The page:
This is an unconventional story film that incudes autobiographical experiences. The writer-director was a refugee at the end of World War II. Her family were ethnic Germans who had to leave Sudetenland which became part of Czechoslovakia. In the film Marianne, five years of age in 1945 (as was the writer) arrives in the village of Straubing in Lower Bavaria; about 80 miles north-east of Munich.
In the film the father, an ex-soldier, gets a job as a teacher. One of the key characters is the village priest whose sermons and sermonising have a strong effect on Marianne and her young friends. The effect is counter-productive because it fuels an interest by the young girls in sex as well as religion. The counterpoint to this is a US G.I. who is part of the local occupation forces. ‘Nicknamed ‘Mr Freedom’, (an ironic comment on US values) the G.I. has a relationship with a local girl and the children become aware of their sexual activity.
The priest’s moralising includes holding forth on the evils of the Soviet Union and what he calls the ‘Ivans’. This feeds into Marianne’s traumas of war memories. The solace provided by the actions and friendly behaviour of ‘Mr Freedom’ ends when he receives a posting to Korea; involving both US ‘freedom’ and Soviet ‘Ivans’.
The film effectively catches the attitudes and behaviour of girls at a particular point when aspects of adult behaviour impinge on their consciousness. The film, in often bizarre combinations of imagery, counterpoints the various values encountered by the children. There is kitsch air about some of these sequences.
The film uses unconventional imagery and sound, with the scenes that are mainly realist in black and white whilst what seem dream-like sequences are in colour. The camerawork is often idiosyncratic, emphasising the constructed nature even of the realism. And the editing sometimes produces clashes of disparate images.
The Retrospective e Brochure comments:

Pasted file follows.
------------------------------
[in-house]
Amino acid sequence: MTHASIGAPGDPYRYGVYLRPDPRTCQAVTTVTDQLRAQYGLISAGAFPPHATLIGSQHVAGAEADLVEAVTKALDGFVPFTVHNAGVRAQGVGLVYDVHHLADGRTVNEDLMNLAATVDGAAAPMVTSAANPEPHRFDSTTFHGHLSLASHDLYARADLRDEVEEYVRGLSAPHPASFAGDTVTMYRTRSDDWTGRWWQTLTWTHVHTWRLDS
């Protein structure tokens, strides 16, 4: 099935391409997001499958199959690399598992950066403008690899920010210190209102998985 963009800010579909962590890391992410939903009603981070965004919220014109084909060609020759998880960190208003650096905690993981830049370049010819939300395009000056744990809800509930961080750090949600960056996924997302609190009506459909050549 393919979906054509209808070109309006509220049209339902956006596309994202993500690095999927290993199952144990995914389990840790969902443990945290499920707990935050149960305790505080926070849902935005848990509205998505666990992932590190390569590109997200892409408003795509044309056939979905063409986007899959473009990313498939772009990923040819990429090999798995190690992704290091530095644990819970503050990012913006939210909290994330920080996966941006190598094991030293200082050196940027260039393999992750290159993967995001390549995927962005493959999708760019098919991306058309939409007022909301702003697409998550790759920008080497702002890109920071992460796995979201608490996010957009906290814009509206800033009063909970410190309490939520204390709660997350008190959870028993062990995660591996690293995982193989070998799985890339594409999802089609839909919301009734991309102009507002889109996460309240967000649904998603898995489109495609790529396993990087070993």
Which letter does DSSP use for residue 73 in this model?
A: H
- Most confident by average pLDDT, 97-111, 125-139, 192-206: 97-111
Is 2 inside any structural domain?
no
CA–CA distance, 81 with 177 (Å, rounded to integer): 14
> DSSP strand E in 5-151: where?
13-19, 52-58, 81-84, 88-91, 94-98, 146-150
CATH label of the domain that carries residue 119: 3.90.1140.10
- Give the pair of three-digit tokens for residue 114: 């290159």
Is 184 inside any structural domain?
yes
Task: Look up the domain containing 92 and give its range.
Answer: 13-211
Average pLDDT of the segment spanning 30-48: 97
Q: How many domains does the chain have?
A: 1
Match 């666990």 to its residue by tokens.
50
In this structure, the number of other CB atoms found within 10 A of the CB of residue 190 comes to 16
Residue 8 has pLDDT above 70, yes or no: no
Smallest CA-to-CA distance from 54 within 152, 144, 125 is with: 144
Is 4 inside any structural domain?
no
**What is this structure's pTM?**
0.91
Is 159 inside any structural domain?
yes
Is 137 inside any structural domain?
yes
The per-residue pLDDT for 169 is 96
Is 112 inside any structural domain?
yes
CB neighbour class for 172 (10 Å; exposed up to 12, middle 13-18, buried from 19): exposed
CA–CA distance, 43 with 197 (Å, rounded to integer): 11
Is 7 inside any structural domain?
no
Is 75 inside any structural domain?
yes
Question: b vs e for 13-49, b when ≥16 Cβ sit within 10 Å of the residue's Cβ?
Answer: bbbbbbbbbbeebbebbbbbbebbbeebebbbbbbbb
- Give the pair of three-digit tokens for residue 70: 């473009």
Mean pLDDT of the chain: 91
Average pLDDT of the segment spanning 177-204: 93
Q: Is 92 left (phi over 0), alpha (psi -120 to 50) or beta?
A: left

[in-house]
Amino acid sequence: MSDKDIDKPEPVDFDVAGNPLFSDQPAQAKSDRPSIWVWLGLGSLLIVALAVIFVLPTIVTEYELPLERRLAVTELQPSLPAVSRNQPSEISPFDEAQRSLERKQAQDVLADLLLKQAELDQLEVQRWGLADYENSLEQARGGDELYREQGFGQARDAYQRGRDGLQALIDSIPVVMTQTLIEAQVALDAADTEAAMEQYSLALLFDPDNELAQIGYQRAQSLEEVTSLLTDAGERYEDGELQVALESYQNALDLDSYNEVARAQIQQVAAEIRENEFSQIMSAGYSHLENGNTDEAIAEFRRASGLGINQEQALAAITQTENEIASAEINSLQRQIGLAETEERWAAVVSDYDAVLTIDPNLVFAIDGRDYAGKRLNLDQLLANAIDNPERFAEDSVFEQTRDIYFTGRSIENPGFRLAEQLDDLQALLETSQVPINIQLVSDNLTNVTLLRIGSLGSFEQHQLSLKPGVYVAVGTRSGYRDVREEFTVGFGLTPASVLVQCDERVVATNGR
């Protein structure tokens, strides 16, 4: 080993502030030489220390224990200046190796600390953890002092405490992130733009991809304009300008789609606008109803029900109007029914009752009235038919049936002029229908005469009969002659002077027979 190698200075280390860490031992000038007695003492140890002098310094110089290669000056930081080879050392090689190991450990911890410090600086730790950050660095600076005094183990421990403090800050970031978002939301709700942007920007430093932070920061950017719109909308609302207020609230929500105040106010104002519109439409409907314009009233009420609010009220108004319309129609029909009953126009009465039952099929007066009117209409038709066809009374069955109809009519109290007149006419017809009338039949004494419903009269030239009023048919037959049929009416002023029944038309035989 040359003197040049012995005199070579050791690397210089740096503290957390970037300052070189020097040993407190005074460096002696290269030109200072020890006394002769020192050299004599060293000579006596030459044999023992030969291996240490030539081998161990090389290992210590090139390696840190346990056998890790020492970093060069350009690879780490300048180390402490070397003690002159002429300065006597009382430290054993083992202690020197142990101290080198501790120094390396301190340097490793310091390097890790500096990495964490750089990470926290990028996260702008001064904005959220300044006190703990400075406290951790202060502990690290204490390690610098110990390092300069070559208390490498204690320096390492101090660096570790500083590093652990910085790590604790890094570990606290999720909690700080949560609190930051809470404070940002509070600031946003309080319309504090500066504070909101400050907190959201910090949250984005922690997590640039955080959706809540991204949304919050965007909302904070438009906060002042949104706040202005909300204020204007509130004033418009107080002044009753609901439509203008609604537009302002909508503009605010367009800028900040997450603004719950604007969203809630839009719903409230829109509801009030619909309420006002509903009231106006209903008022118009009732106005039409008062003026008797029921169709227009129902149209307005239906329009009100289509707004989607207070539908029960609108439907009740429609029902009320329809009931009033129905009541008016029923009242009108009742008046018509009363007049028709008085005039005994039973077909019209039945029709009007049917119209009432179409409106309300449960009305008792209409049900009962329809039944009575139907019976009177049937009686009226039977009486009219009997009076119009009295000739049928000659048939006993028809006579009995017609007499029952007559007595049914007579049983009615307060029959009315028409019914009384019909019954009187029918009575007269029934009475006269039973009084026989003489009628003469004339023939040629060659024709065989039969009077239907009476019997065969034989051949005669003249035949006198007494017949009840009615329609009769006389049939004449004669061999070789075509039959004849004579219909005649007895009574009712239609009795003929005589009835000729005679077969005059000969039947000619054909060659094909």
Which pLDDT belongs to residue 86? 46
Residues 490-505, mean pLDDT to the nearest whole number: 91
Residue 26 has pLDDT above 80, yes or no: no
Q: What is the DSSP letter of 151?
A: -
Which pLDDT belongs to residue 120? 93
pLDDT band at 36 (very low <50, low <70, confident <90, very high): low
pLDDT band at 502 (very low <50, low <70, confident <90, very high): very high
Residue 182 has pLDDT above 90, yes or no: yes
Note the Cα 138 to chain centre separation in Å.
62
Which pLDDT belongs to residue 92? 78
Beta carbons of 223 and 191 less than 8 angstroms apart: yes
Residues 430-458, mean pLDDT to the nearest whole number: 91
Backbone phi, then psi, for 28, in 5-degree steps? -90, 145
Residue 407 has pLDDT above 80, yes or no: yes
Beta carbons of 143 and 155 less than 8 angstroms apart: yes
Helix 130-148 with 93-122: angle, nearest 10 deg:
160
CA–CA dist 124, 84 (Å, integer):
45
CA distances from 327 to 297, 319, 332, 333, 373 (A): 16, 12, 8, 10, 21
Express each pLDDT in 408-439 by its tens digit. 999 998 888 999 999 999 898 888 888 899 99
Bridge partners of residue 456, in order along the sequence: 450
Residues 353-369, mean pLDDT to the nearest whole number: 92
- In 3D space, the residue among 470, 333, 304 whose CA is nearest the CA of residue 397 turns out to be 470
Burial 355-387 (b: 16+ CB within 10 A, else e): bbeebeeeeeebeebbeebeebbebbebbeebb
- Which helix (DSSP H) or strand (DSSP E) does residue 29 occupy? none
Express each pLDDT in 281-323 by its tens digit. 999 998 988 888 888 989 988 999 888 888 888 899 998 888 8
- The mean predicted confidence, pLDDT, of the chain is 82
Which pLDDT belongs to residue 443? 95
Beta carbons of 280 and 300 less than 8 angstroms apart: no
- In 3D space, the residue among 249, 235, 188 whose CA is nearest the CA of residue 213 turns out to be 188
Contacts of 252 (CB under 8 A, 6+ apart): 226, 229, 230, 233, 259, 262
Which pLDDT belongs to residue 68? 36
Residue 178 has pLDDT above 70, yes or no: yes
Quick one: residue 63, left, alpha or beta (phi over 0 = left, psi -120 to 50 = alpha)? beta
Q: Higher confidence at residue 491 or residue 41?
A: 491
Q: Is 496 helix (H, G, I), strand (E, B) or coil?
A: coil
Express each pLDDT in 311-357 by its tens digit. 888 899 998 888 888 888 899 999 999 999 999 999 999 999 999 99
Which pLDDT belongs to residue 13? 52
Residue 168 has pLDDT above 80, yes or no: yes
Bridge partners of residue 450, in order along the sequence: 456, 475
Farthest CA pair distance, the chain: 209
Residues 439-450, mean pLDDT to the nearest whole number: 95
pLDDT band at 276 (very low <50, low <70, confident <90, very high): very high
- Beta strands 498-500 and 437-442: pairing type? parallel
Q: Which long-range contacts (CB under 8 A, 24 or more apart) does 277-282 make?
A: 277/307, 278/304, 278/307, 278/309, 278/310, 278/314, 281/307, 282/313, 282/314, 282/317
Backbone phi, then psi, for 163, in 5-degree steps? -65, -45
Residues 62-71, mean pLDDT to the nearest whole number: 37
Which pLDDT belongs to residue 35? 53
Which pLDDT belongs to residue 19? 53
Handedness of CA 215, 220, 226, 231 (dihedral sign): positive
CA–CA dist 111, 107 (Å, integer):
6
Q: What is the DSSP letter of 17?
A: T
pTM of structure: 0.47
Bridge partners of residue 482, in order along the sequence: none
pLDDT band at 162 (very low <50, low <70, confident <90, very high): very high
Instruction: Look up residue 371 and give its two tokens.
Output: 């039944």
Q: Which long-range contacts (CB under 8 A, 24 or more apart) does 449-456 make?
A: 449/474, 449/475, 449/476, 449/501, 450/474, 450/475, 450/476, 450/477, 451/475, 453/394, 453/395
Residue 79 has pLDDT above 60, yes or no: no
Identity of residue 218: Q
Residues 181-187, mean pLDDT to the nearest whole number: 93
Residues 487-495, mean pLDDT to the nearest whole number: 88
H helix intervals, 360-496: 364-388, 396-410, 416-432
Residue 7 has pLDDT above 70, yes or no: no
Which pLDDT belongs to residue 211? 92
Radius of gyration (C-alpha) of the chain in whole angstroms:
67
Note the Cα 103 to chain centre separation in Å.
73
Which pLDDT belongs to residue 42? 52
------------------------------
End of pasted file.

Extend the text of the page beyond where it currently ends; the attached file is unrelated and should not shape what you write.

Made in 1983, during the era of rearmament debates, Marianne Rosenbaum’s alternative take on history in this Heimatfilm, with its Bavarian and star cast, can be considered a political statement.
The last phrase seems a little odd. I found the film’s political treatment somewhat contradictory. The critique of war is clear. And the ironic treatment of tropes from more conventional Heimatfilms (‘homeland’) is plain. The Heimatfilms tended to be set in areas like Bavaria, to use extensive exterior rural settings, and had relatively simplistic moral values, typically those associated in the countryside as the antitheses of the city. Whilst the realist sequences seem similar to other Heimatfilme, the dream sequences subvert this through parody and even surreal happenings.
I was less sure about the treatment of the US/Soviet conflict. There is no equivalent to ‘Mr Freedom’ from the East and casting a minor star like Peter Fonda is obviously meant to give him a certain charisma.
There are telling actions as when the portrait of Hitler has to be removed by the parents. A trope that is repeated in the recent British The Aftermath (2019). The ambiguity of all these conflicting values and characters is there at the end as the film offers a mid-shop of the young Marianne. ‘Mr Freedom’ is gone as indeed is her childish innocence.
The film was screened from a good 35mm print and ran for 108 minutes. Marianne Rosenbaum has only made one other feature and a television drama and series. She clearly has talent and an interesting take on drama, I wonder if her unconventional approach has limited her opportunities.